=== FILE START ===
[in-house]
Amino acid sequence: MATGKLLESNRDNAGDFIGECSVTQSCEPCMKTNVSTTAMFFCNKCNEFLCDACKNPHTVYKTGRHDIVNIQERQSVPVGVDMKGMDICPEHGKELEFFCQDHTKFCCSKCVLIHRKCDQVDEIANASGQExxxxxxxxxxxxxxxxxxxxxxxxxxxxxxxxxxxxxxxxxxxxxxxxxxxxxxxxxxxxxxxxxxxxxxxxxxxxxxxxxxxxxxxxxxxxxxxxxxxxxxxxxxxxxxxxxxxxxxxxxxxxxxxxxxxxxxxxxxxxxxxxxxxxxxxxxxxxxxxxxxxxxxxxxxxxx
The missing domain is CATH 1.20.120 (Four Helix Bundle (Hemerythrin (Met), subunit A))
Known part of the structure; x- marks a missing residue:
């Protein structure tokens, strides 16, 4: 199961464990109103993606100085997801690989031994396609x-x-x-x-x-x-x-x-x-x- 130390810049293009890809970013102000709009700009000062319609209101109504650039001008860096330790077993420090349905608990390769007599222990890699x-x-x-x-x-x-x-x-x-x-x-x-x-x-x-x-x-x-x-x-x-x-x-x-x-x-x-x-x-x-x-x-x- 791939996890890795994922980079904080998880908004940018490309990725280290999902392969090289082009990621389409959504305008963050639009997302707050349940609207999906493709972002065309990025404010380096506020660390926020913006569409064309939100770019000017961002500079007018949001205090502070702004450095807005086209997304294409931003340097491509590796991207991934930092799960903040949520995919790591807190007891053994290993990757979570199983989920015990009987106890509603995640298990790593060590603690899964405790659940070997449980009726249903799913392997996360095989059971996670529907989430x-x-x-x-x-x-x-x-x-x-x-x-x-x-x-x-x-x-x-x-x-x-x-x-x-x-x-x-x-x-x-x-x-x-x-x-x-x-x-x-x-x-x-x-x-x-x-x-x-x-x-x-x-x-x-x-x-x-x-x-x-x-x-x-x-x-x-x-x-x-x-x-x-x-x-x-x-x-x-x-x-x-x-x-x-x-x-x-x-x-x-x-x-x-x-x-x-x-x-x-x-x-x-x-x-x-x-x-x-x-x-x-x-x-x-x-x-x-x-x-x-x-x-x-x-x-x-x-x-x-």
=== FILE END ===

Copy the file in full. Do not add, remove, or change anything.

[in-house]
Amino acid sequence: MATGKLLESNRDNAGDFIGECSVTQSCEPCMKTNVSTTAMFFCNKCNEFLCDACKNPHTVYKTGRHDIVNIQERQSVPVGVDMKGMDICPEHGKELEFFCQDHTKFCCSKCVLIHRKCDQVDEIANASGQExxxxxxxxxxxxxxxxxxxxxxxxxxxxxxxxxxxxxxxxxxxxxxxxxxxxxxxxxxxxxxxxxxxxxxxxxxxxxxxxxxxxxxxxxxxxxxxxxxxxxxxxxxxxxxxxxxxxxxxxxxxxxxxxxxxxxxxxxxxxxxxxxxxxxxxxxxxxxxxxxxxxxxxxxxxxx
The missing domain is CATH 1.20.120 (Four Helix Bundle (Hemerythrin (Met), subunit A))
Known part of the structure; x- marks a missing residue:
């Protein structure tokens, strides 16, 4: 199961464990109103993606100085997801690989031994396609x-x-x-x-x-x-x-x-x-x- 130390810049293009890809970013102000709009700009000062319609209101109504650039001008860096330790077993420090349905608990390769007599222990890699x-x-x-x-x-x-x-x-x-x-x-x-x-x-x-x-x-x-x-x-x-x-x-x-x-x-x-x-x-x-x-x-x- 791939996890890795994922980079904080998880908004940018490309990725280290999902392969090289082009990621389409959504305008963050639009997302707050349940609207999906493709972002065309990025404010380096506020660390926020913006569409064309939100770019000017961002500079007018949001205090502070702004450095807005086209997304294409931003340097491509590796991207991934930092799960903040949520995919790591807190007891053994290993990757979570199983989920015990009987106890509603995640298990790593060590603690899964405790659940070997449980009726249903799913392997996360095989059971996670529907989430x-x-x-x-x-x-x-x-x-x-x-x-x-x-x-x-x-x-x-x-x-x-x-x-x-x-x-x-x-x-x-x-x-x-x-x-x-x-x-x-x-x-x-x-x-x-x-x-x-x-x-x-x-x-x-x-x-x-x-x-x-x-x-x-x-x-x-x-x-x-x-x-x-x-x-x-x-x-x-x-x-x-x-x-x-x-x-x-x-x-x-x-x-x-x-x-x-x-x-x-x-x-x-x-x-x-x-x-x-x-x-x-x-x-x-x-x-x-x-x-x-x-x-x-x-x-x-x-x-x-």